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21st Sep 2018

Lily Allen says she wants to start a women’s union in music

Will Lavin

Lily Allen took to the red carpet at last night’s Hyundai Mercury Prize and her smile said it all

She’s in a good place. A great place in fact.

Aside from the fact that she’s just released her first book, the memoir My Thoughts Exactly, it’s been 12 years since her debut album Alright, Still hit stores and she’s finally been recognised by the Mercury Prize.

Shortlisted for her latest project No Shame, her fourth studio album joined 11 other bodies of work representing the cream of the crop in British music from over the past 12 months.

While not the overall winner – that went to Wolf Alice for their album Visions of a Life – it was a personal win for Lily, who told us on the red carpet at last night’s Mercury Prize event in London that, “this album is the best album I’ve ever written so I love the fact it was shortlisted.”

Asking what she would do with the £25,000 prize money if she had won, it wasn’t studio equipment, having a big knees up to celebrate, or even investing in her next album that was on her mind. Instead she expressed a desire to do something for the women of the music industry.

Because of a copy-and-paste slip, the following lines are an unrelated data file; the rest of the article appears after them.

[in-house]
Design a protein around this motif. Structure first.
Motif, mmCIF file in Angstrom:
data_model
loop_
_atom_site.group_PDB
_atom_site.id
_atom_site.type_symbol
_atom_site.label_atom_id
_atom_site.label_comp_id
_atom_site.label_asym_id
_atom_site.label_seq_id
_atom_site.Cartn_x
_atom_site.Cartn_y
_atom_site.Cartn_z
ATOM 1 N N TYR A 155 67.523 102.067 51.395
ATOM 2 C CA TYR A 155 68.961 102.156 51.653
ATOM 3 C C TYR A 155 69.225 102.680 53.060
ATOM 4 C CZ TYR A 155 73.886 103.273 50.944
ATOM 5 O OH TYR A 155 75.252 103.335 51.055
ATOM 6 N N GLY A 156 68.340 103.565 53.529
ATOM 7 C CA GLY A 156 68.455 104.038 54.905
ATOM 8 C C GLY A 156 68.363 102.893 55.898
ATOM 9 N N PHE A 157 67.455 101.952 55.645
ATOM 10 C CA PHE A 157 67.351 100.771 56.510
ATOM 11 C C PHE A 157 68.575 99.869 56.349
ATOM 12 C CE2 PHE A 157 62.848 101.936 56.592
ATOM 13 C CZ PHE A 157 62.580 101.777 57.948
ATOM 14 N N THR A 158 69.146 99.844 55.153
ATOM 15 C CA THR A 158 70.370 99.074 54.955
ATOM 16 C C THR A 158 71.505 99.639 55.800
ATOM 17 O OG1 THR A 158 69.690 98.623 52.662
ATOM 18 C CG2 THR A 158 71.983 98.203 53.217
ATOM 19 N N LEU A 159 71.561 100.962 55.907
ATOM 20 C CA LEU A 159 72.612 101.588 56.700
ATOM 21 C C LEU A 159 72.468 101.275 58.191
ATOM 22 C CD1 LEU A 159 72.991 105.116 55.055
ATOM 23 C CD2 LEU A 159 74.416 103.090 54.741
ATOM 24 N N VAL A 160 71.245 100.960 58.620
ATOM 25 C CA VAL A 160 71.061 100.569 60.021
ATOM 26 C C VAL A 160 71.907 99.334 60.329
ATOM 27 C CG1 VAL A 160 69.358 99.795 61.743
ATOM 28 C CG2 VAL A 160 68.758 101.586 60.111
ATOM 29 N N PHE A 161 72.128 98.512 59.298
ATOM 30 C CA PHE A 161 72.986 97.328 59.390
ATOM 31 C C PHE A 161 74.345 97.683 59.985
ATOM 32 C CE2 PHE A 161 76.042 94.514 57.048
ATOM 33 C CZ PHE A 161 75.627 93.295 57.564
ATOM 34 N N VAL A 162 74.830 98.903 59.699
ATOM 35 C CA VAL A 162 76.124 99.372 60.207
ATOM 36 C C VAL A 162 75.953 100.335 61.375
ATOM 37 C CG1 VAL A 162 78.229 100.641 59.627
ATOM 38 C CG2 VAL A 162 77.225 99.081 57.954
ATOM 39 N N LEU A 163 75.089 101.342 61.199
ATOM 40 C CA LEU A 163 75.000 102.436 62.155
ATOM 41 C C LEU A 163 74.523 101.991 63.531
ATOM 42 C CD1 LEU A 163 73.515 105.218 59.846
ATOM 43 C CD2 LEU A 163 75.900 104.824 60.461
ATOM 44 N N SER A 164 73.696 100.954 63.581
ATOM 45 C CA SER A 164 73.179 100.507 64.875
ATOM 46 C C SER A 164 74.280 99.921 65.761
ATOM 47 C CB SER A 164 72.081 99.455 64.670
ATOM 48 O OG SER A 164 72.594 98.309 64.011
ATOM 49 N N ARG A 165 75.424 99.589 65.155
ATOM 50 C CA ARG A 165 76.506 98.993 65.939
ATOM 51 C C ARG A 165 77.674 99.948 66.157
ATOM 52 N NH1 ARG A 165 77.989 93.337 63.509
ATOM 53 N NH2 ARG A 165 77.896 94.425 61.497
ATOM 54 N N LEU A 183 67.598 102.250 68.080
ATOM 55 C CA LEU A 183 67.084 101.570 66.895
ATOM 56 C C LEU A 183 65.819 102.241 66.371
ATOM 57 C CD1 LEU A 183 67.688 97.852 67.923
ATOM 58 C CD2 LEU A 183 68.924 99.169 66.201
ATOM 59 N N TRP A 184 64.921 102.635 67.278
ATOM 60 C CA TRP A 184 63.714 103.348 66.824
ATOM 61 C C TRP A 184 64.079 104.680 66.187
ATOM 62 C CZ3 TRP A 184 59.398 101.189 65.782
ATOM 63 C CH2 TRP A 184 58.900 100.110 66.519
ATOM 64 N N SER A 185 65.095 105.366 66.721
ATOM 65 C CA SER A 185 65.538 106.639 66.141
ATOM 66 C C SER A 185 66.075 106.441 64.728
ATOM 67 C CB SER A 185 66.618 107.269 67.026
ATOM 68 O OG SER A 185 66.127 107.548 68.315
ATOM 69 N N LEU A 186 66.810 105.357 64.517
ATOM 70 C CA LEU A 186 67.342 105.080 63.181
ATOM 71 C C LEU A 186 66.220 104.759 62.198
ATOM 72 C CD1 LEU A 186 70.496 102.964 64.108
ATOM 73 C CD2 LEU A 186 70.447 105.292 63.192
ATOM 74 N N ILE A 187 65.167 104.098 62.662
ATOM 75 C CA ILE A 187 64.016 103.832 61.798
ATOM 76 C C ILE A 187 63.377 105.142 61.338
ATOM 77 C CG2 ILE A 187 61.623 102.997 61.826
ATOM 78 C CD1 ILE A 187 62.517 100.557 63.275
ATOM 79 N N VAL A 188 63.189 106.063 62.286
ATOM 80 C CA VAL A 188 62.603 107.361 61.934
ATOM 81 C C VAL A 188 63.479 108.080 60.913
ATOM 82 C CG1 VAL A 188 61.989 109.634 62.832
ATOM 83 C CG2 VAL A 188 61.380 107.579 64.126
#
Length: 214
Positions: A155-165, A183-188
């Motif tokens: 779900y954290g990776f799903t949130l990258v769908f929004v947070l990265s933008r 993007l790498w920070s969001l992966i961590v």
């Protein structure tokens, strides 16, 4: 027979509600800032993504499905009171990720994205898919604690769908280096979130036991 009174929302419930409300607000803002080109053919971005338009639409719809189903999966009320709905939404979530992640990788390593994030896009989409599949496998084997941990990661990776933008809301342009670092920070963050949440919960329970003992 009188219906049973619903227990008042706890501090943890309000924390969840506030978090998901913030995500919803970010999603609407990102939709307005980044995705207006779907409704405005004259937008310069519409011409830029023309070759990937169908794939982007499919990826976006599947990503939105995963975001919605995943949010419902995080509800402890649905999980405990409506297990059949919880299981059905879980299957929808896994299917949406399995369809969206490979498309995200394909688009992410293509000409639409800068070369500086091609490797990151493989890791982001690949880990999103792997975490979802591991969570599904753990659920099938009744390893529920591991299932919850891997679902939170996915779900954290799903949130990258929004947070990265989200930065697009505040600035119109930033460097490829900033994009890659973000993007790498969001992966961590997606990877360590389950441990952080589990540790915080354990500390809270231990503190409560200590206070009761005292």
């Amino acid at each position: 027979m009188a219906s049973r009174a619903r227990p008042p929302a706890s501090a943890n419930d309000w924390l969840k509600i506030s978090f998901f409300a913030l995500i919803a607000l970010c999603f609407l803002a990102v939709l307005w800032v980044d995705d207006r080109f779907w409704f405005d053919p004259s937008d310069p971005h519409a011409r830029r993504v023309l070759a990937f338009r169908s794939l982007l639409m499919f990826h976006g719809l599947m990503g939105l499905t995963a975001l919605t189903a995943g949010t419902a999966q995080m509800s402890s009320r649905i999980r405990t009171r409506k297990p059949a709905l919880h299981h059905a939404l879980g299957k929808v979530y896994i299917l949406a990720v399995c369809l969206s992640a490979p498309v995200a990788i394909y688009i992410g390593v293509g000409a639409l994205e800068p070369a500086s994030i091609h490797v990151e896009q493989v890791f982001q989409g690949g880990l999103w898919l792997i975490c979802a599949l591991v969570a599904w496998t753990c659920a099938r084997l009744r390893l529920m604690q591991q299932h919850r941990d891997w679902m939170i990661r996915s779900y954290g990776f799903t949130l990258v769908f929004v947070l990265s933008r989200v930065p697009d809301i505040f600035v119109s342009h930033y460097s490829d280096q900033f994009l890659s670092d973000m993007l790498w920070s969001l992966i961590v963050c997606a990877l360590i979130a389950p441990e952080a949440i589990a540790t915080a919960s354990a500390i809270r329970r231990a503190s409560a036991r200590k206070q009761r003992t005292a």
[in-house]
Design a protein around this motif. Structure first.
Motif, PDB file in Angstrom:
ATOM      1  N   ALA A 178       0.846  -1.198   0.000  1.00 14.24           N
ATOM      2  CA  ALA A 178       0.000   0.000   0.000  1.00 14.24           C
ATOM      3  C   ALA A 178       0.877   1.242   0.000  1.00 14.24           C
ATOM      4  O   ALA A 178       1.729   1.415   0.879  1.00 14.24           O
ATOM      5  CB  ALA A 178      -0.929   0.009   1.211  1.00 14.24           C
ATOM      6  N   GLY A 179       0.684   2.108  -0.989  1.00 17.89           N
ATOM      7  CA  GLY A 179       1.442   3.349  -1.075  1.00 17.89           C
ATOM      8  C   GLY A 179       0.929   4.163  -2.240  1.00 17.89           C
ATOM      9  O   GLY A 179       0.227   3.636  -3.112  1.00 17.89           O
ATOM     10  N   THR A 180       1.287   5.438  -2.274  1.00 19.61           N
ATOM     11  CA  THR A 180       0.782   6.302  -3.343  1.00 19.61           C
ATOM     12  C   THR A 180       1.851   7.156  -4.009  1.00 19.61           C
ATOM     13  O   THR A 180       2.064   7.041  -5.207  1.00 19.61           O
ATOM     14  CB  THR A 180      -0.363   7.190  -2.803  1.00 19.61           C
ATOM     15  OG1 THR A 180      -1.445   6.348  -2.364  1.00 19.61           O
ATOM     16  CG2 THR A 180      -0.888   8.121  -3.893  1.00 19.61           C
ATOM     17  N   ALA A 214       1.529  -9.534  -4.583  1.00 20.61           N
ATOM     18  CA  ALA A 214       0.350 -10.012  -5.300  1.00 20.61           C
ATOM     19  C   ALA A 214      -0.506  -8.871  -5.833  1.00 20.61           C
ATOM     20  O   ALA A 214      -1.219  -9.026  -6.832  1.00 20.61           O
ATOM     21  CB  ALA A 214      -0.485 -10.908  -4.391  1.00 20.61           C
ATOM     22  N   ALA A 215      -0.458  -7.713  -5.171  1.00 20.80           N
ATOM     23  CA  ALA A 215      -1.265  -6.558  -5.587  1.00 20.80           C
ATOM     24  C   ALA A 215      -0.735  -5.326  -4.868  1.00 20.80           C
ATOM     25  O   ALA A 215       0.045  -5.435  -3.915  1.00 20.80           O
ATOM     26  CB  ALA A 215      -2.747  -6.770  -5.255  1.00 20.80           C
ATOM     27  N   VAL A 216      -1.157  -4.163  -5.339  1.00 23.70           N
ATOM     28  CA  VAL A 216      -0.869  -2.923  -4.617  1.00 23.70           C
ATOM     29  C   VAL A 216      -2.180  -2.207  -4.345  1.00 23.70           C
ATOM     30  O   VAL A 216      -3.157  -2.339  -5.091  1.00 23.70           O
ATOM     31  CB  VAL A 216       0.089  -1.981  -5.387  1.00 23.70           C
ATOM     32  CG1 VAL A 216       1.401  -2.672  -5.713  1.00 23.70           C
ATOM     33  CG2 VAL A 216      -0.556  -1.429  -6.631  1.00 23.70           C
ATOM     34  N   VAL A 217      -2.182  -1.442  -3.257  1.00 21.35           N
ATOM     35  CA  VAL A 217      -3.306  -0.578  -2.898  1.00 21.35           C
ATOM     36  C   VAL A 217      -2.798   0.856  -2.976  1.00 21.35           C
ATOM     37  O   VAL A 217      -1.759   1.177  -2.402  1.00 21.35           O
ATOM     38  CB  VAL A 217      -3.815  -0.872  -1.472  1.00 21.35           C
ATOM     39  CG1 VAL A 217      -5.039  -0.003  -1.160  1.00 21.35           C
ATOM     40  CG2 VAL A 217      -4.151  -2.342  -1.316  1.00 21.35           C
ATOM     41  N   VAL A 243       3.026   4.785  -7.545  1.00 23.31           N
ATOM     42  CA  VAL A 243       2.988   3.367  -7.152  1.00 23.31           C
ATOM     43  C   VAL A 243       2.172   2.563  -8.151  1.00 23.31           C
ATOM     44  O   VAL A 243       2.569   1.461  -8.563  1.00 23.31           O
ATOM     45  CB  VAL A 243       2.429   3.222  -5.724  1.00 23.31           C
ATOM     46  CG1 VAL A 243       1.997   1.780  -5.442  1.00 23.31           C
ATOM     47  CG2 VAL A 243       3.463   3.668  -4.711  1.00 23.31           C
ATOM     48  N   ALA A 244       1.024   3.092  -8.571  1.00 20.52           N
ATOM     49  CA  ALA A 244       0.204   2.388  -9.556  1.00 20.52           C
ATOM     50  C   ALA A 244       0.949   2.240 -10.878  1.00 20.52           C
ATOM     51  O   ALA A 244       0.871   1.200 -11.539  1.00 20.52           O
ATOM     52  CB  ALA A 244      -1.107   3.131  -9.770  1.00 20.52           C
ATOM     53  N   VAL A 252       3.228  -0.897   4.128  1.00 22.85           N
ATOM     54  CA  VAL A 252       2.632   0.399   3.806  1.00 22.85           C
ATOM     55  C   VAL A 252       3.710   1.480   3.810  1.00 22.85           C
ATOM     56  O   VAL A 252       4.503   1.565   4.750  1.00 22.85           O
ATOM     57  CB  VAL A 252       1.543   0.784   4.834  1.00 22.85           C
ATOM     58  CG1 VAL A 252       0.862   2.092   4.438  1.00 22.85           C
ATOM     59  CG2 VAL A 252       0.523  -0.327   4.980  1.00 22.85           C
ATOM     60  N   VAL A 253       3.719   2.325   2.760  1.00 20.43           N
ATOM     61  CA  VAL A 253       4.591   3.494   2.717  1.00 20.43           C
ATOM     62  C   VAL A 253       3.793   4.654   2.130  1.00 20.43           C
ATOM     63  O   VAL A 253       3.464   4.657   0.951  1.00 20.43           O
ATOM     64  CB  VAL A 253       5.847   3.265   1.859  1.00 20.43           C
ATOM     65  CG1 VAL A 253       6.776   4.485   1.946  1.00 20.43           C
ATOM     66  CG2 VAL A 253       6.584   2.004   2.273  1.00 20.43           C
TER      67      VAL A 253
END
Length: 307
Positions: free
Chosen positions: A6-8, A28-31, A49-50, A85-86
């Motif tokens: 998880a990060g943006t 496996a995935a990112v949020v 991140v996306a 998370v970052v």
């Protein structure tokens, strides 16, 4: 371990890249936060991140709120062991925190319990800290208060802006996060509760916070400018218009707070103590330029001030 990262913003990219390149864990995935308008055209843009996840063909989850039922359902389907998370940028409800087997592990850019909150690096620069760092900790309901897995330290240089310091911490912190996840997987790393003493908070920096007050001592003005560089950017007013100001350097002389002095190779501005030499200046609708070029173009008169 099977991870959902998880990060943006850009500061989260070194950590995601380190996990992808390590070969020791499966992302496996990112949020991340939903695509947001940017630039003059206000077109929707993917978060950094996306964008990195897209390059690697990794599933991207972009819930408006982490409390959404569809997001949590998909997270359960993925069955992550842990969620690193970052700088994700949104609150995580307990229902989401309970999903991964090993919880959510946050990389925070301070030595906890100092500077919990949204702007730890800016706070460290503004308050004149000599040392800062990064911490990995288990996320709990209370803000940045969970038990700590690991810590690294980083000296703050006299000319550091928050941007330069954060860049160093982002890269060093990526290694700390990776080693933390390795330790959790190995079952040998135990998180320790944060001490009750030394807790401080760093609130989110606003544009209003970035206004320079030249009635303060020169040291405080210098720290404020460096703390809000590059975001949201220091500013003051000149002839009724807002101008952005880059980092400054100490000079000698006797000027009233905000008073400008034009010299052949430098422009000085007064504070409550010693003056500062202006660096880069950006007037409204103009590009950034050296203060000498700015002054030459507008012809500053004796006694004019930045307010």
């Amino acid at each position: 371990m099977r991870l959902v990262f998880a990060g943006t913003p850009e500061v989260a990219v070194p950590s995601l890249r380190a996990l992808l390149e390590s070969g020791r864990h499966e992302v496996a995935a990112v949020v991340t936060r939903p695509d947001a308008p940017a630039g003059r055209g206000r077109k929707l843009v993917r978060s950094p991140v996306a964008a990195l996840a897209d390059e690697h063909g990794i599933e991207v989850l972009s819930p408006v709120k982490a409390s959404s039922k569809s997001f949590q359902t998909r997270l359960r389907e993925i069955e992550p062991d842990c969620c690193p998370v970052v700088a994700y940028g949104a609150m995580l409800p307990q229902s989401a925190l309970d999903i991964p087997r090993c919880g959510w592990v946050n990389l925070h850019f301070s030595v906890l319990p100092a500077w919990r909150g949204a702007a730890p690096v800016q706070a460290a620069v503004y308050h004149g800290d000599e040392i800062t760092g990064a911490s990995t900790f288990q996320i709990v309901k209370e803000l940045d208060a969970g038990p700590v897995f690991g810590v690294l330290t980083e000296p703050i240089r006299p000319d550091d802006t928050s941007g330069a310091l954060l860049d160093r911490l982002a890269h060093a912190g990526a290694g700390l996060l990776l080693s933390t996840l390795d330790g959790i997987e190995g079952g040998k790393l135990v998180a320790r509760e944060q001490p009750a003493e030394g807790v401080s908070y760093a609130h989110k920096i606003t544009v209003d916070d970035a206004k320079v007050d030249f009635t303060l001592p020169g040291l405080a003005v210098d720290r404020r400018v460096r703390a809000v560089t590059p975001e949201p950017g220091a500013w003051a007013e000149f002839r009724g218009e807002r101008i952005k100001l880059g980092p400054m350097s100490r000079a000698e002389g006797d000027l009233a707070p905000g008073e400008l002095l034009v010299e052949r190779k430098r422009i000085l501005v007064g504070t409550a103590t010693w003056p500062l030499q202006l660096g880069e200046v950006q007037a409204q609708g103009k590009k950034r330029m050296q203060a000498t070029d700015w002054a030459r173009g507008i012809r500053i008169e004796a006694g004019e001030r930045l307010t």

“If I won and I won the money,” she began. “Then I would start a women’s collective in music, like a sort of women’s union, because I think that it’s needed right now.”

Gender inequality, especially in the music industry, is something that has long been talked about and is something that really needs to be tackled.

Did you know that a bi­annual study of festival lineups across the UK and Europe by Female:Pressure, showed that in 2017 women only accounted for 19% of festival headliners?

If that isn’t enough of a reason to back Lily’s idea to start up a women’s union in music I don’t know what is.

Also admitting that she had a bit of a rough festival season this year, Lily says she was especially thankful to festival-goers at this year’s Boardmasters Festival in Newquay, Cornwall.

“You know what? I had a really bad festival season this season,” she said. “There were three gigs where half the audience walked away because I played loads of ballads that no one had heard, and so we switched up the setlist a little bit for Boardmasters and everyone stayed – it was great. I had a really good time.”

Lily Allen’s No Shame is out now and her memoir My Thoughts Exactly is available here.